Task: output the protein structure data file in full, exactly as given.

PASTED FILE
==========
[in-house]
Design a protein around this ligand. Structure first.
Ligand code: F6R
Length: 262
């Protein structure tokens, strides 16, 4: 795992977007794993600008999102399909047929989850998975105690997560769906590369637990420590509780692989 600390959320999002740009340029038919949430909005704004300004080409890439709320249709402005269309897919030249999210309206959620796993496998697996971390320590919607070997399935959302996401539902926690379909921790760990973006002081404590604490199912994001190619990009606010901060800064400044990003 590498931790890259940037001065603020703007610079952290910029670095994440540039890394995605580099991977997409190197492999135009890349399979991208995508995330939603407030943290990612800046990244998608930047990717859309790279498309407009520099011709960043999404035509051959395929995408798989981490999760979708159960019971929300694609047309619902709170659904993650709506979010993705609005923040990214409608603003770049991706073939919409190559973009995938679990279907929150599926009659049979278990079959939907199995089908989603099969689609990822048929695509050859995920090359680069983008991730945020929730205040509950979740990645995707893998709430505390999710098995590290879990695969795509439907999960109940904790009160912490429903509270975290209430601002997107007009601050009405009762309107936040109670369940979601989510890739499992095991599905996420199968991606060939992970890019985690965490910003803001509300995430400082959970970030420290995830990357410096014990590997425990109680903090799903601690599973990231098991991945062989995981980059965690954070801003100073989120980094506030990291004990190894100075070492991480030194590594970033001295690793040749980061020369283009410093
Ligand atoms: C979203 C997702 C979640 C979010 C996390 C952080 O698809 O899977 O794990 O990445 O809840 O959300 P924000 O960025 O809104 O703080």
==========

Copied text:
[in-house]
Design a protein around this ligand. Structure first.
Ligand code: F6R
Length: 262
């Protein structure tokens, strides 16, 4: 795992977007794993600008999102399909047929989850998975105690997560769906590369637990420590509780692989 600390959320999002740009340029038919949430909005704004300004080409890439709320249709402005269309897919030249999210309206959620796993496998697996971390320590919607070997399935959302996401539902926690379909921790760990973006002081404590604490199912994001190619990009606010901060800064400044990003 590498931790890259940037001065603020703007610079952290910029670095994440540039890394995605580099991977997409190197492999135009890349399979991208995508995330939603407030943290990612800046990244998608930047990717859309790279498309407009520099011709960043999404035509051959395929995408798989981490999760979708159960019971929300694609047309619902709170659904993650709506979010993705609005923040990214409608603003770049991706073939919409190559973009995938679990279907929150599926009659049979278990079959939907199995089908989603099969689609990822048929695509050859995920090359680069983008991730945020929730205040509950979740990645995707893998709430505390999710098995590290879990695969795509439907999960109940904790009160912490429903509270975290209430601002997107007009601050009405009762309107936040109670369940979601989510890739499992095991599905996420199968991606060939992970890019985690965490910003803001509300995430400082959970970030420290995830990357410096014990590997425990109680903090799903601690599973990231098991991945062989995981980059965690954070801003100073989120980094506030990291004990190894100075070492991480030194590594970033001295690793040749980061020369283009410093
Ligand atoms: C979203 C997702 C979640 C979010 C996390 C952080 O698809 O899977 O794990 O990445 O809840 O959300 P924000 O960025 O809104 O703080």